I am trying to find the covariance of two random variables but I am not having any lucky. Just for simplicity lets say that my random variables are :

X = value rolled by a die

Y = 1 if even 0 if odd

Just from intuiting $E(Y) = .5$ and $E(X) = 3.5$

Now how do I find the covariance? I can't find an explanation of how this works anywhere. I see that the formula is

$cov(XY) = E(XY) - E(X)E(Y)$

but no one anywhere thought it would be a good idea and explain what E(XY) is or how to compute it.

Anyways I found some hints and they said to multiply each pair by each other, but then what do I do with them? Add them? I wasn't sure I tried everything I could and never got the correct answer.

Going with what I think is the most correct thing to do I find the E(XY) by taking the value at each point and multiplying it by the probability of each at each point and then summing them all up.

So for $E(X_1, Y_1)$ I get an X value of 1 with probability $1/6$ and a Y value of 0 with probability $1/6$ So my value for that pair is $1/6$ From here would I then do 2, 3, 4, 5, 6 and sum up each one to determine the cross product expected value?

I have tried this a dozen times and it results in not the correct answer for my other problems. Is this simple example correct? Where did I go wrong?


First of all, a bit of intuition. The covariance of two random variables is a statistic that tells you how "correlated" two random variables are. If two random variables are independent, then their covariance is zero. If their covariance is nonzero, then the value gives you an indication of "how dependent they are".

Now, onto your problem.

I think you might find some use in the general formula for calculating expectations. For any random variable $X$ taking discrete values in $\mathbb{N}$, and any nonnegative measurable function $f$, you have

$$ \mathbb{E}[f(X)]=\sum_{k\in\mathbb{N}}f(k)\mathbb{P}(X=k). $$

In your specific example, $Z=XY$ is a new random variable, and not a couple $(X,Y)$ as you seem to write in your example.

So, $Z$ is a random variable. What values does it take? Let us look at all the possibilities:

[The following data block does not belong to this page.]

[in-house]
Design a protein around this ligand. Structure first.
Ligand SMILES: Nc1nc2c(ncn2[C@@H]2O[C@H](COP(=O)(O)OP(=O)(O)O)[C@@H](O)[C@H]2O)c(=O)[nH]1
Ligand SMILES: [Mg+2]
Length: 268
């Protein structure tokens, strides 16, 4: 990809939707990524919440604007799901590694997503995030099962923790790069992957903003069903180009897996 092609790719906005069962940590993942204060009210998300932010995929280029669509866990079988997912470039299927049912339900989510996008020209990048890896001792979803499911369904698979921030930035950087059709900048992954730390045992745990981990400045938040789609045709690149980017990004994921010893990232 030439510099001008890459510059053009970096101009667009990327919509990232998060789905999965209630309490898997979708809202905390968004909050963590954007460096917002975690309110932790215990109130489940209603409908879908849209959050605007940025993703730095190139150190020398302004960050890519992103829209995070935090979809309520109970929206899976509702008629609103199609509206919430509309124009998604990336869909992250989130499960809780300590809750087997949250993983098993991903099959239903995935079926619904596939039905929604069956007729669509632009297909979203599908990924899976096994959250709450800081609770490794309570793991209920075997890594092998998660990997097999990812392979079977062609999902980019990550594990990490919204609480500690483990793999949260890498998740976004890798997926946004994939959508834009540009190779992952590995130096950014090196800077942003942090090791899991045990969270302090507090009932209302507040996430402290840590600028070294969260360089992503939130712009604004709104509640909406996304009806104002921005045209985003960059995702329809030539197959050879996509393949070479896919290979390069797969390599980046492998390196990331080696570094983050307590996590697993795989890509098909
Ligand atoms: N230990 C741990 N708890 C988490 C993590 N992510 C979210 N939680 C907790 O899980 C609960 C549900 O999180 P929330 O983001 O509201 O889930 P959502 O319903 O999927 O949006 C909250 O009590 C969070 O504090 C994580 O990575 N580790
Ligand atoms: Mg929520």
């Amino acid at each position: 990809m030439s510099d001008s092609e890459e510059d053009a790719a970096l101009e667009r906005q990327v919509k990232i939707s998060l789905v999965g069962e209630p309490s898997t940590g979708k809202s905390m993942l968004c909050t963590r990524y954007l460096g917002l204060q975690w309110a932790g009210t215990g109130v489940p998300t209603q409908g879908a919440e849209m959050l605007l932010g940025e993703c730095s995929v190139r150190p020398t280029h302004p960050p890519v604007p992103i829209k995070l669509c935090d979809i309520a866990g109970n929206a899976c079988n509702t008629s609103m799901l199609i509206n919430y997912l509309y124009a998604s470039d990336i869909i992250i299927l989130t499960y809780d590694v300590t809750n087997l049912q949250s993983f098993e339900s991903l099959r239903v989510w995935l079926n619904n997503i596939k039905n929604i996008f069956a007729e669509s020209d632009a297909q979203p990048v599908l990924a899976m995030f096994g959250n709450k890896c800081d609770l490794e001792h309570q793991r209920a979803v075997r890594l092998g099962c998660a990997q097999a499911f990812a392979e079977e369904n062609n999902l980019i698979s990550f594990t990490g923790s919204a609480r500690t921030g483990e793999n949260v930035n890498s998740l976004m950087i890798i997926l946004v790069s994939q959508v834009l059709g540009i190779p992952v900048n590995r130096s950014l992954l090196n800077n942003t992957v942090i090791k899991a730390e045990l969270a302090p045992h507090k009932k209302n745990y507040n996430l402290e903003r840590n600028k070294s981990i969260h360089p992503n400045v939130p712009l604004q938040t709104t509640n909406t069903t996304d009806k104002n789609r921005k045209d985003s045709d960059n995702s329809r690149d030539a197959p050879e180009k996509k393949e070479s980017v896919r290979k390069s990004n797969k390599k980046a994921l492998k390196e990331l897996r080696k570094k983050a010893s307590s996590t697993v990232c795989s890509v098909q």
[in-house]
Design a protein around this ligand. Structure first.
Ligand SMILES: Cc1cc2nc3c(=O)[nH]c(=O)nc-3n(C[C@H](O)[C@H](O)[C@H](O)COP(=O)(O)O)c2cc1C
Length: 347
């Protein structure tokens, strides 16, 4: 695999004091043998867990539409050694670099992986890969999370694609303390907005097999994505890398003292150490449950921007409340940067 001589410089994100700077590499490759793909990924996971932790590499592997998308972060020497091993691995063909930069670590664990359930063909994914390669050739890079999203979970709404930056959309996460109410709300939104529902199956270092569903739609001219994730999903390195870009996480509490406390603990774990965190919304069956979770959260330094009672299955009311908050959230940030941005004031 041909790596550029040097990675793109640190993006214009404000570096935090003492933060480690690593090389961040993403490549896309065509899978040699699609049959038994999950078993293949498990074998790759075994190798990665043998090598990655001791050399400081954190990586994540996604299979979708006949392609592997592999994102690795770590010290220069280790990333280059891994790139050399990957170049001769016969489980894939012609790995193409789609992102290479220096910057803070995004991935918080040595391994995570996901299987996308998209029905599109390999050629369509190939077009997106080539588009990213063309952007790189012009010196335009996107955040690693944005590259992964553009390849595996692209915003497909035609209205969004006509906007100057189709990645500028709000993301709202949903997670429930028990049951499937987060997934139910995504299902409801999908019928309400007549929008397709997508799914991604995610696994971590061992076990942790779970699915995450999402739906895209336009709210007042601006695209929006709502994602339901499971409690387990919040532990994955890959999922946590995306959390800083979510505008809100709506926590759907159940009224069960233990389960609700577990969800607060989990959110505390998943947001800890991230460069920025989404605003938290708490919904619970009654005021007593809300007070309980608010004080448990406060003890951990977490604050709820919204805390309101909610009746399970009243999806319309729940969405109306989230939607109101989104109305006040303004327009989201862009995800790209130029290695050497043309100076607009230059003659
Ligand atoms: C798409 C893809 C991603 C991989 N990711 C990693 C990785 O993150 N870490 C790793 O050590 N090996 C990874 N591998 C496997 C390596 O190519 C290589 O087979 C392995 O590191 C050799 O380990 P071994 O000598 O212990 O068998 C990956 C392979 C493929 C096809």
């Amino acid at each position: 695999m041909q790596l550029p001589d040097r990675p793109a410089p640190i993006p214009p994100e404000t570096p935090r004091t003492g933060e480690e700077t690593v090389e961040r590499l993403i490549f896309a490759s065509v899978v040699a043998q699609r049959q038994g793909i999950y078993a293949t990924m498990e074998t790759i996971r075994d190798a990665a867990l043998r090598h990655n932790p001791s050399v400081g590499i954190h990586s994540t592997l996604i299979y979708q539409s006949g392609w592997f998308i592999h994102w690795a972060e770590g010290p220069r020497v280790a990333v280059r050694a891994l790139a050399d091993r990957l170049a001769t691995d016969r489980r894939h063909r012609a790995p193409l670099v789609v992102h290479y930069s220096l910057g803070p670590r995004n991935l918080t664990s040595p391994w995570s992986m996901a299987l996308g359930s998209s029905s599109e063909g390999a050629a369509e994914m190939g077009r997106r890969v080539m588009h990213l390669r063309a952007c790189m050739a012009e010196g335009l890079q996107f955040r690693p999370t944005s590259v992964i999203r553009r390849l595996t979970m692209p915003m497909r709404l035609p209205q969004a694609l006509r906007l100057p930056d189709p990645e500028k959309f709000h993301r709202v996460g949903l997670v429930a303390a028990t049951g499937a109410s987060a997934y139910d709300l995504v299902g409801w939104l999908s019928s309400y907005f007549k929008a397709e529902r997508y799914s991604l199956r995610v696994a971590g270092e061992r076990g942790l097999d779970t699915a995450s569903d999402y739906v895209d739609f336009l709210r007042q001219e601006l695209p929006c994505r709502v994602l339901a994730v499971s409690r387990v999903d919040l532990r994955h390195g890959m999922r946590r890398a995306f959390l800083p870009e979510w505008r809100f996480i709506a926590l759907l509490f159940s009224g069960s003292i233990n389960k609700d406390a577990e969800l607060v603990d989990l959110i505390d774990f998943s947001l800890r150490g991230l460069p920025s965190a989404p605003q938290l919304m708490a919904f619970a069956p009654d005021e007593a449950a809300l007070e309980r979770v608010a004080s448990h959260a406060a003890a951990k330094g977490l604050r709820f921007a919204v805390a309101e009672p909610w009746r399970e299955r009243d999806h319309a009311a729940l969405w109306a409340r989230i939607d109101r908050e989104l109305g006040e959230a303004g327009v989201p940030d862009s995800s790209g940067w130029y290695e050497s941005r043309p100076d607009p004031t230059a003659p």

$$ \mathbb{P}(Z=1)=\mathbb{P}(X=1,Y=1)=0, $$

because if $X=1$ then $Y=0$. Similarly,

$$ \mathbb{P}(Z=2)=\mathbb{P}(X=2,Y=1)=\mathbb{P}(X=2)=\frac16, $$ because if $X=2$ then $Y=1$. Continuing the process, you find

$$ \mathbb{P}(Z=3)=\mathbb{P}(X=5)=0,\text{ and }\mathbb{P}(Z=4)=\mathbb{P}(Z=6)=\frac16. $$

It remains to note that $Z$ can also take the value 0, and this happens whenever $Y=0$:

$$ \mathbb{P}(Z=0)=\mathbb{P}(X=1)+\mathbb{P}(X=3)+\mathbb{P}(X=5)=\frac16+\frac16+\frac16=\frac12. $$

Once you know all the probabilities characterizing the distribution of $Z$, you can compute its expectation according to the previous formula:

$$ \mathbb{E}[Z]=2\cdot\frac16+4\cdot\frac16+6\cdot\frac16+0\cdot\frac12=\frac{12}6=2. $$

  • $\begingroup$ What happen if I get a negative covariance? I have been trying this problem all day and I can't get it. I did it just like you did. $\endgroup$ – Paul the Pirate May 9 '14 at 0:00
  • $\begingroup$ The covariance can be negative, nothing says that it must be nonnegative. However, in this case $\mathrm{Cov}(X,Y)=2-\frac12\frac72=\frac14$. $\endgroup$ – Ian May 9 '14 at 0:13

The key point in computing the covariance is to determine whether a pair of random variables are independent of each other. If they are, the covariance would be zero. In your example, there are NOT independent events. The six possible values of $(X,Y)$ are: $$\left\{(1,1), (2,0),(3,1), (4,0),(5,1),(6,0)\right\}\ .$$ Each event occurs with probability $1/6$. Thus, $E(XY)=(0+2+0+4+6+0)/6=2$. It is easy to show that $E(X)=7/2$ and $E(Y)=1/2$. Thus $Cov(XY)=1/4$.

Edit: Corrected my formula. The earlier solution was for the random variable $Y$ being 1 for odd numbers (instead of 1 for even). Sorry, I misread the question.

  • $\begingroup$ Is your method for expected variable correct? It does not seem so. $\endgroup$ – Paul the Pirate May 9 '14 at 0:05
  • $\begingroup$ What is wrong? Be more explicit. $\endgroup$ – suresh May 9 '14 at 0:10
  • $\begingroup$ You simply take an addition of everything and then divide by 6, but what if the probability of one of the events was not 1/6? You would have to do each individually correct? $\endgroup$ – Paul the Pirate May 9 '14 at 0:10
  • $\begingroup$ There are six possible events when you toss a die and they occur with equal probability. Each outcome simultaneously determines both $X$ and $Y$. So it is $1/6$ and I don't agree with you. $\endgroup$ – suresh May 9 '14 at 0:17

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